Philadelphia University fashion design senior Vivian Cooper was awarded the first-ever top award of $35,000 from a national pool of 600 student designers at the YMA Geoffrey Beene National Scholarship Awards Dinner in New York Jan. 12.
Marc Mastronardi, executive vice president of business development at Macy’s, announced the unprecedented scholarship award for Cooper in front of a packed ballroom of 1,500 industry leaders, educators and students. Mastronardi, chair of the YMA Fashion Scholarship Fund committee, said she was the unanimous choice of the judges.
A surprised Cooper, smiling broadly, accepted the award from Mastronardi and actor Kellan Lutz, who is Geoffrey Beene brand ambassador.
“I am beyond humbled and honored by this amazing award and cannot thank the faculty, my amazing friends and my family enough for all of the support, guidance and love they have given me,” Cooper said. “This award will open up doors in the industry, and I look forward to what the future holds.”
At the scholarship dinner, one of the year’s top fashion industry events, Cooper was cheered on by a PhilaU contingent that included Sheila Connelly, fashion design program director; Nioka Wyatt, fashion merchandising and management program director; Michael Leonard, academic dean of the School of Design and Engineering and the David and Lillian Rea Chair of Design and Engineering; and Jesse Shafer, vice president for development and alumni affairs; as well as her parents.
“To see the YMA present its first-ever grand prize $35,000 scholarship award to Vivian was an enormously proud moment for Philadelphia University,” Connelly said. “Vivian is the real deal–talented, smart, genuine and kind. She put countless hours into this project, and this extraordinary honor is well deserved. I could not be more thrilled.”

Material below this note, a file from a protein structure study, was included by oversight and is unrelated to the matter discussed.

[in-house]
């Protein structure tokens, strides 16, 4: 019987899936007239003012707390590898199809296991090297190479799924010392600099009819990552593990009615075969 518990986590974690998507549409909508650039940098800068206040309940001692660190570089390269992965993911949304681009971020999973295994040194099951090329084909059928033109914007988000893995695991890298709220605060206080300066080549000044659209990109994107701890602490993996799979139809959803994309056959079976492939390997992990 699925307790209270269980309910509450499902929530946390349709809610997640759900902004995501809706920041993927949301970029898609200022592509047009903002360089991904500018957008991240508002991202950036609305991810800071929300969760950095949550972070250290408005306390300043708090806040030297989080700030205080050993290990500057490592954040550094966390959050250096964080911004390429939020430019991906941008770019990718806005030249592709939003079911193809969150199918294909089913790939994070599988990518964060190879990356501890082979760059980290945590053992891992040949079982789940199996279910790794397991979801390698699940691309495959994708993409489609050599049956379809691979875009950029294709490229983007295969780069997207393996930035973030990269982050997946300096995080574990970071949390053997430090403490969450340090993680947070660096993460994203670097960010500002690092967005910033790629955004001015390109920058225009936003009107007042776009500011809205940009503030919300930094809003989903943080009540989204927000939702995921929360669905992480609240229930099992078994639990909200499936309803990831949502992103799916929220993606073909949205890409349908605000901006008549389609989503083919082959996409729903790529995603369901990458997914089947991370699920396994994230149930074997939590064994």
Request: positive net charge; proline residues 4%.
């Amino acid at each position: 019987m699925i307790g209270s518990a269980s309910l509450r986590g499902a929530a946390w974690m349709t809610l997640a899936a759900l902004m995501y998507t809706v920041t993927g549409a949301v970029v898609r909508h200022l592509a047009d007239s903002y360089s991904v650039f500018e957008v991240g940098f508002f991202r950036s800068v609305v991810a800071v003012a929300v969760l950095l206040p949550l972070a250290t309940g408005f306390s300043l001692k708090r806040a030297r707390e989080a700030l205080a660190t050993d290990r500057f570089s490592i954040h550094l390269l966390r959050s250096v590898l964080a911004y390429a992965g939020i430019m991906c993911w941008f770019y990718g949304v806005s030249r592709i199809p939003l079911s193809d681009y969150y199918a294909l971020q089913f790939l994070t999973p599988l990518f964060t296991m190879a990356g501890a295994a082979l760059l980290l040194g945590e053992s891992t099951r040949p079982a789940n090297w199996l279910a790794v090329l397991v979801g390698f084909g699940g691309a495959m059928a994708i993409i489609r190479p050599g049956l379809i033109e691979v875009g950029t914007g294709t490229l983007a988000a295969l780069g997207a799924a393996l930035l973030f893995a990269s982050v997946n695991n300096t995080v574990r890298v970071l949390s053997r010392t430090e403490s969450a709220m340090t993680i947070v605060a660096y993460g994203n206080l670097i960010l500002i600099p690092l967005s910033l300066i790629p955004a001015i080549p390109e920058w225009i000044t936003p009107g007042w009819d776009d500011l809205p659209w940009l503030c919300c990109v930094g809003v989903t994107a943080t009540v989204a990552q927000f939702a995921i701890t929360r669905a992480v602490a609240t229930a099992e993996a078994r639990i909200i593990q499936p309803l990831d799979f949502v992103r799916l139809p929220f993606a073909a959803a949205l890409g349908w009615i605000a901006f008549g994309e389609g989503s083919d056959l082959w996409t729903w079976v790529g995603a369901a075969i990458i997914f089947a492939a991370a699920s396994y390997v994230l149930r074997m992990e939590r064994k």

Cooper and seven other YMA top finalists had to present to judges a project focused on the future of sustainability in the fashion industry. They were challenged to design a product for a mass retailer that adheres to the retailer’s sustainable business objectives while remaining consistent with the retail price of comparable products in the store.
For her case study, Cooper created Full Circle, a private-label junior’s swim and beachwear line for Target made from recycled plastic bottles. Full Circle would partner with Repreve, a company that turns recycled plastics into fibers that can be used to create unique fabrics. In addition, the fashion line would engage communities to support sustainability through the Full Circle Movement.
“The brand would get Target employees out into the communities and, in turn, invite communities to get involved in the bigger mission behind the line–which is to reduce pollution in our oceans,” Cooper said.
In addition to Cooper, seven additional PhilaU students won YMA Fashion Scholarships of $5,000 each in this year’s competition, as previously announced: fashion design students Colton Snavely, Keren Espina, Maria Balestino and Emily DeBernardo and fashion merchandising students Nicole Braun, Zoe Wilson and Maddie Bill, who received the award for the third straight year.
All the scholarship winners attended an internship fair and networking event with top industry officials on Jan. 13.
The annual YMA Geoffrey Beene scholarship competition and its industry-based board provide an extraordinary network that encompasses every leading apparel company in New York, Connelly said.
This year’s YMA competitors represented leading collegiate fashion, fashion merchandising and business programs; finalists along with Cooper included students from the University of Pennsylvania, Cornell University and the University of California at Los Angeles (UCLA). Cooper was selected to move on in the competition from an original pool of some 600 students from across the country.
PhilaU fashion students historically have performed well in the YMA scholarship program. Fashion design alumna Tia Pion ’15 was a Geoffrey Beene National Scholarship finalist in 2015, and alumni Casey Saccomanno ’08 and Jessica Steele ’09 each won top honors. In addition, dozens of PhilaU students have received $5,000 and $10,000 scholarships in recent years.
The YMA association, made up of fashion industry leaders, promotes education of the fashion arts and business through internships, mentorships and career programs. It awarded $1.3 million in student scholarships this year.
In addition to the students, other honorees at the annual fashion gala included Michael Strahan, fashion entrepreneur and former NFL star; John Tighe, EVP and chief merchant of JCPenney; and Judy Person, EVP group president of Randa Accessories.